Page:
Another player came back in 2008 after exiting the market for so many years, its RC-Cola (check my previous 2 postings about this : http://tr.im/rLFB and http://tr.im/rLFX), but contrary to Virgin guys, RC-Cola is distributed thru the correct channels along with other drink products, mainly juices.

Now back to the bigger part the game, unlimited number of companies and retailers tried to launch their Cola brands but no one really was to reach close to the global volumes of Coca-Cola and Pepsi. (wikipedia list of cola brands worldwide)
And while all these small players were trying their luck in this hard to compete industry, the big boys never stopped being so creative on their packaging (
Pepsi new logo launched in October 2008 and the non-stopattractive Coca-Cola cans).

red-bull-cola-4-pack_355ml Then came the Red Bull Cola which i will call the Cola-Bull, exactly like the stock market, it will take the cola market to new heights while riding the bull.

Red Bull Simply Cola also has slightly more caffeine, at 45 milligrams per 355ml (12-ounce) can, than Coca-Cola (34 mg) or Pepsi-Cola (37.5 mg), but less than Diet Coke (47 mg) or Pepsi One (54 mg) or Mountain Dew (54 mg). The cola contains significantly less caffeine than Red Bull’s eponymous energy drink (80 mg per 8.2 ounces). It also lacks the artificial flavors, colors, and phosphoric acid commonly used in commercial colas. Red Bull Cola is packed in 250 ml (8.4 fl. oz.) and 355 ml (12 fl. oz.) cans.

As of 2008, Red Bull Simply Cola is available in Austria, Czech Republic, Egypt, Switzerland, Spain, Poland, Germany, Bulgaria, Belgium, Italy, United Kingdom, Ireland, Thailand, Romania, Hungary, Russia, Canada and the United States.

Why do I believe that Red Bull Cola will make it?

Red Bull when first launched its energy drink, proved to the whole world that a company can make it simply by having one simple product with full focus and dedication, and it positioned itself in both retail and horeca (hotels-restaurants-catering) sectors, and without any hesitation it went beyond all expectations on shelves and in night-life mode without giving a slight chance for both Burn and AMP, the energy drinks respectively coming from Coca-Cola and Pepsi.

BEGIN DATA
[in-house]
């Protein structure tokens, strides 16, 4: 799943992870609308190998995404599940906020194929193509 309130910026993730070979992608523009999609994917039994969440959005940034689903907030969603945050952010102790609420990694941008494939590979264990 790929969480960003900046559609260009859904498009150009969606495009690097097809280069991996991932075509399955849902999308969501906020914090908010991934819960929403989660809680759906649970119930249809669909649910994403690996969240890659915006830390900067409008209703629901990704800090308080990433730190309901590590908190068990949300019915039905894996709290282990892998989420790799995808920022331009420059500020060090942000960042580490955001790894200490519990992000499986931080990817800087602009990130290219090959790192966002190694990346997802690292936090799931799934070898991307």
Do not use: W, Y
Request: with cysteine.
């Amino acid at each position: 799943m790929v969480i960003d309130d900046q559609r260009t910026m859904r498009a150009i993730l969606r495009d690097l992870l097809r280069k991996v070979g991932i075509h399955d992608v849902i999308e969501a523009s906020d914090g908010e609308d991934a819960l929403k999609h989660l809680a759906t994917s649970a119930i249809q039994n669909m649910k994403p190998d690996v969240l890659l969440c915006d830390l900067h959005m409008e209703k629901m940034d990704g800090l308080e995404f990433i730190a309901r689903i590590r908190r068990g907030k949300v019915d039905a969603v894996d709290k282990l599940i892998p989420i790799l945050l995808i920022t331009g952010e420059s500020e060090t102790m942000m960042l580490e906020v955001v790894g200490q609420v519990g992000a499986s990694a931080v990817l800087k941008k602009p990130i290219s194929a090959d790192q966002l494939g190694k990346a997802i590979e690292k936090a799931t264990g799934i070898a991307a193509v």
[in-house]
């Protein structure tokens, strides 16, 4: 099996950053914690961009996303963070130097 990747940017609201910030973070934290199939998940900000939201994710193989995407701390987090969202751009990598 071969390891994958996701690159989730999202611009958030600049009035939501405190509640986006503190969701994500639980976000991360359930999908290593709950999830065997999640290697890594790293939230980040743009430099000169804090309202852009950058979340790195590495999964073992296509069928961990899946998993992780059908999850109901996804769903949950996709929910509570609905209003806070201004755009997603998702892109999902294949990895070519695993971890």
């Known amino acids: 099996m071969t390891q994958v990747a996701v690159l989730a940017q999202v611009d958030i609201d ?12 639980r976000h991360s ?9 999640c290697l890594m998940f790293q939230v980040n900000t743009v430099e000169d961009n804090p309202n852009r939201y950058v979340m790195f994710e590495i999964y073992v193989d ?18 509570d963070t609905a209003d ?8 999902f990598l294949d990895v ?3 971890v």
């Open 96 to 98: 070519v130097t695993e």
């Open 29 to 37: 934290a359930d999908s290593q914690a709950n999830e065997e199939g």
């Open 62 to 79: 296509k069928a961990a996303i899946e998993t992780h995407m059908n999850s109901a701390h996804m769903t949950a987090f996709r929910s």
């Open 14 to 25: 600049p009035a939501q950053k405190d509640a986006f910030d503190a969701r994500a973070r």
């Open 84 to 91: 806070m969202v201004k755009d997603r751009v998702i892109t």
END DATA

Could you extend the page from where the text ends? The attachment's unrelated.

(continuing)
redbulllaunch-01Today Red Bull is everywhere, and has its own displays in every single retail outlet and night club across the globe, they give away thousands of fridges every year, let their branded cars run all day long on the streets, they throw millions of free cans in schools, sponsor extreme sport events and do whatever it takes to be number one.

Of course, like the Cola war, thousands of energy drink brands saw the light, some of them made it thru tiny channels some of them just died the next morning.

Having said the above, it is not gonna be hard for Red Bull to position its new Cola with an excellent visibility when it comes to retail stores, and the same technique will be applied to night clubs, where they own their fridges. An easy game for them, while the big guys will be thinking how to stop this invasion of Red Bull in the cola world and maybe even going beyond that and try to hit hard on the energy drink side in order to make them lose focus.

click to see larger size of the picture

UPS:::'free movement'

UPS isn’t a brand one would immediately associate with the glitz and glamour of the fashion world. But, without the world’s largest package delivery company, there would be no garments for fashionistas to ogle on the catwalks.